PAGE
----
The Health and Environmental Benefits of Following a Plant-Based Diet

There's been a growing trend toward working more plants into people's diets and either cutting down on meat or eliminating it altogether. Is this the right choice for you? It's important to recognize the different ways you can help yourself and the environment, improve your health, and even change the world by giving up animal-based foods.

Types of Plant-Based Diets

Vegetarian and vegan dietary regimens can range from highly restrictive to a simple removal of a few items. The most simple and closest to an omnivore diet is ovo-lacto vegetarian eating. Ovo-lacto vegetarians do not eat meat, but they do eat eggs and dairy products. Some vegetarians abstain from animal products like eggs and milk, too. Vegans do not eat any animal products at all, eliminating foods like eggs, dairy, and honey. And whole-foods or plant-based diets focus on eating non-processed foods.

Health Benefits

With any plant-based diet, the health benefits are unmistakable. Plants are often more nutrient-dense than meat, and most people are lacking in nutrition in their diet. You may lose weight and will definitely be able to eat more and feel more satisfied. You'll also lower your chances for heart disease and diabetes, your cholesterol, and even your odds of cancer.

Environmental Benefits

Cows produce methane, a greenhouse gas, when they digest food. But that's not the only way that meat production harms the environment; the burning of fossil fuels to bring the meat to market, the electricity expended to keep it cool, and the processing required are all terrible for the environment. An animal eats more plants to become meat than a human would if we simply ate the plants ourselves. This is also true for water. On top of that, animals need far more farmland than plants, so meat production takes up more space on the planet. Adopting a vegetarian, vegan, or whole-foods diet is good for the environment as well as your health.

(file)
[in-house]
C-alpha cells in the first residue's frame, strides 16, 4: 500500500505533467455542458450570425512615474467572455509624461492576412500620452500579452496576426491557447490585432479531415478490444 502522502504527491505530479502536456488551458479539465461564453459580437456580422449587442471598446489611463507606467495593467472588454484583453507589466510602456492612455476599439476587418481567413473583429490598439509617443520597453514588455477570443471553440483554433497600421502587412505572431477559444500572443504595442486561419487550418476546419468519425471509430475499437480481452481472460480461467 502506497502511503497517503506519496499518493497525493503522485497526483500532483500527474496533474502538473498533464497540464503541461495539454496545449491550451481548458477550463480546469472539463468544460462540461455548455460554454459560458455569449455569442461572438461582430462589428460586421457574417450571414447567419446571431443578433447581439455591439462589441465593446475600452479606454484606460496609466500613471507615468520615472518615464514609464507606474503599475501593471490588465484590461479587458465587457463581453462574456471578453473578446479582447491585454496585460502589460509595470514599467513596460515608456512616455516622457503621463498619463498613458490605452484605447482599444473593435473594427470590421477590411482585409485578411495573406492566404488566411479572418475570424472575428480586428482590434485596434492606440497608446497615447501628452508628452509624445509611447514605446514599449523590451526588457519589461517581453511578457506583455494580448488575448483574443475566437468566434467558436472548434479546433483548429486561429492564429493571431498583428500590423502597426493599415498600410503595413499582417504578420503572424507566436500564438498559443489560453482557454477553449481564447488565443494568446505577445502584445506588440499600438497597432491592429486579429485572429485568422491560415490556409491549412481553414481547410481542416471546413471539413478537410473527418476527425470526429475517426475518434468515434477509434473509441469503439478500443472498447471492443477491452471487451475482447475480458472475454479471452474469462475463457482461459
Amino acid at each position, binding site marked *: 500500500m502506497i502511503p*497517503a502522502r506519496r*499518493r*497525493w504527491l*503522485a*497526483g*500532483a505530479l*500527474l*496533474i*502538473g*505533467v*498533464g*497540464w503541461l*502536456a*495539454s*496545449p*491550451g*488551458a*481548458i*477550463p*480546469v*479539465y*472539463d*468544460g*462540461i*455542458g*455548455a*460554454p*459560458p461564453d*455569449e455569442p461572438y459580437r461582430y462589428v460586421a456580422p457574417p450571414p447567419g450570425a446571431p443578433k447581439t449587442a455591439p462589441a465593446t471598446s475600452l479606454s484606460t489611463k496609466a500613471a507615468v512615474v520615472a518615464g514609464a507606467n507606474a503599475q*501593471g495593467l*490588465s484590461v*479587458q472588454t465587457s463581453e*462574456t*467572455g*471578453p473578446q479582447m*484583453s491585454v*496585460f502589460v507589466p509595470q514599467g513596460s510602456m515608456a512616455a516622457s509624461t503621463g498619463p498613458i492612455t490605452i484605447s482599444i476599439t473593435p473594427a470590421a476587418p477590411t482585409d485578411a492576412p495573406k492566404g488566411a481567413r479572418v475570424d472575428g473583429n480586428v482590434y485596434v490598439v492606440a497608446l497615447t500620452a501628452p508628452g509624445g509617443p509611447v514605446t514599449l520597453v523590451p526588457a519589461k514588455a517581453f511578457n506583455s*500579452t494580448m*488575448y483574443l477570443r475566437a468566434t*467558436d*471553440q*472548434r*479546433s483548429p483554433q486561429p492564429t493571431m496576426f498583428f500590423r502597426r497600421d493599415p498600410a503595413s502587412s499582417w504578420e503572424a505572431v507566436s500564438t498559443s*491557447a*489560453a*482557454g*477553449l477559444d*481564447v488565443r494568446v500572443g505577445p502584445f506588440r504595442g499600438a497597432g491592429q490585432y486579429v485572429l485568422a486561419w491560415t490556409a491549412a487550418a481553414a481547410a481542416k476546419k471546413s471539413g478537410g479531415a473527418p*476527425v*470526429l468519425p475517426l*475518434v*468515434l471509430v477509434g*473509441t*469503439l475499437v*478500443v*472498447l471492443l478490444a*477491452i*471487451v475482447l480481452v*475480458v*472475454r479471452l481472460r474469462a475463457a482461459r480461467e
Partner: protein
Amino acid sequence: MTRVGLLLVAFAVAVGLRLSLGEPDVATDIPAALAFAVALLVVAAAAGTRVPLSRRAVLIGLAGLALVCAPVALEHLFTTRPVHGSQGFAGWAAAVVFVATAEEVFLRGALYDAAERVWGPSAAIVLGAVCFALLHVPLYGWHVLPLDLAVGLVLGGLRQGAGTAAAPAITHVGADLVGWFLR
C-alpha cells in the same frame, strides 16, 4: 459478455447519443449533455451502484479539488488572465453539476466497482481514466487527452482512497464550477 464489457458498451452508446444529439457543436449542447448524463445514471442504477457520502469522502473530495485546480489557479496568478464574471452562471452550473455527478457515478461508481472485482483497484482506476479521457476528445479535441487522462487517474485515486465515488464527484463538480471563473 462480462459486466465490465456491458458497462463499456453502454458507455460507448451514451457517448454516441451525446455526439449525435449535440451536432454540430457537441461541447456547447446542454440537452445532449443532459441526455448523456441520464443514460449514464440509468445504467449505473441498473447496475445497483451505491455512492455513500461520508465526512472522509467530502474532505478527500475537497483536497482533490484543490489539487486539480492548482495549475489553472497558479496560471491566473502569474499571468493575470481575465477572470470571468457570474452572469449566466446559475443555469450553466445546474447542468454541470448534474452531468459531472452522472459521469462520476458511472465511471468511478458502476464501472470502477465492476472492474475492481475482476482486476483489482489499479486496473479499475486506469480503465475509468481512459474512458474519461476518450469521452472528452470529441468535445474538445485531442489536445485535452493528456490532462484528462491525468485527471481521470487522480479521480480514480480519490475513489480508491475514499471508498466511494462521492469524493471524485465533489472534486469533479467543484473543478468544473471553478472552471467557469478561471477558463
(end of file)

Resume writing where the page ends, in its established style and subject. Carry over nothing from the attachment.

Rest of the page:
Tips to Be Plant-Based

A great way to start a diet like this is to begin with just a few days a week. This will give you the ability to test out your new eating plan, see if it works for you, and get used to what you may need to cook and eat to make it work. Once you've gotten that down, you can expand the amount of time you spend eating your new diet. If you're trying to eat a whole-foods diet, keep in mind that not all whole foods require a huge amount of prep. Nuts, seeds, and fruit can be fast and easy just like processed foods without being unhealthy.

Tips for Kids

Kids have unique health requirements that require thought when switching to a diet that's based on plants. Making sure a kid gets enough protein means a focus on tofu, eggs, and nuts. Oatmeal and cereal are beloved by kids and great for this lifestyle, too. It's important to consult with a doctor for a child's health, but it's possible and fun for kids to go on these diets and help themselves and the environment at the same time!

Written by

Tomas Hoyos

Tomas is the co-founder and CEO of Voro, the healthcare social network where people share doctor recommendations with their friends and neighbors. Tomas loves a good book and mostly writes about current events in healthcare and tips to stay healthy. Prior to co-founding Voro, Tomas was a healthcare investor and investment banker. Tomas is a graduate of Harvard University where he majored in Government.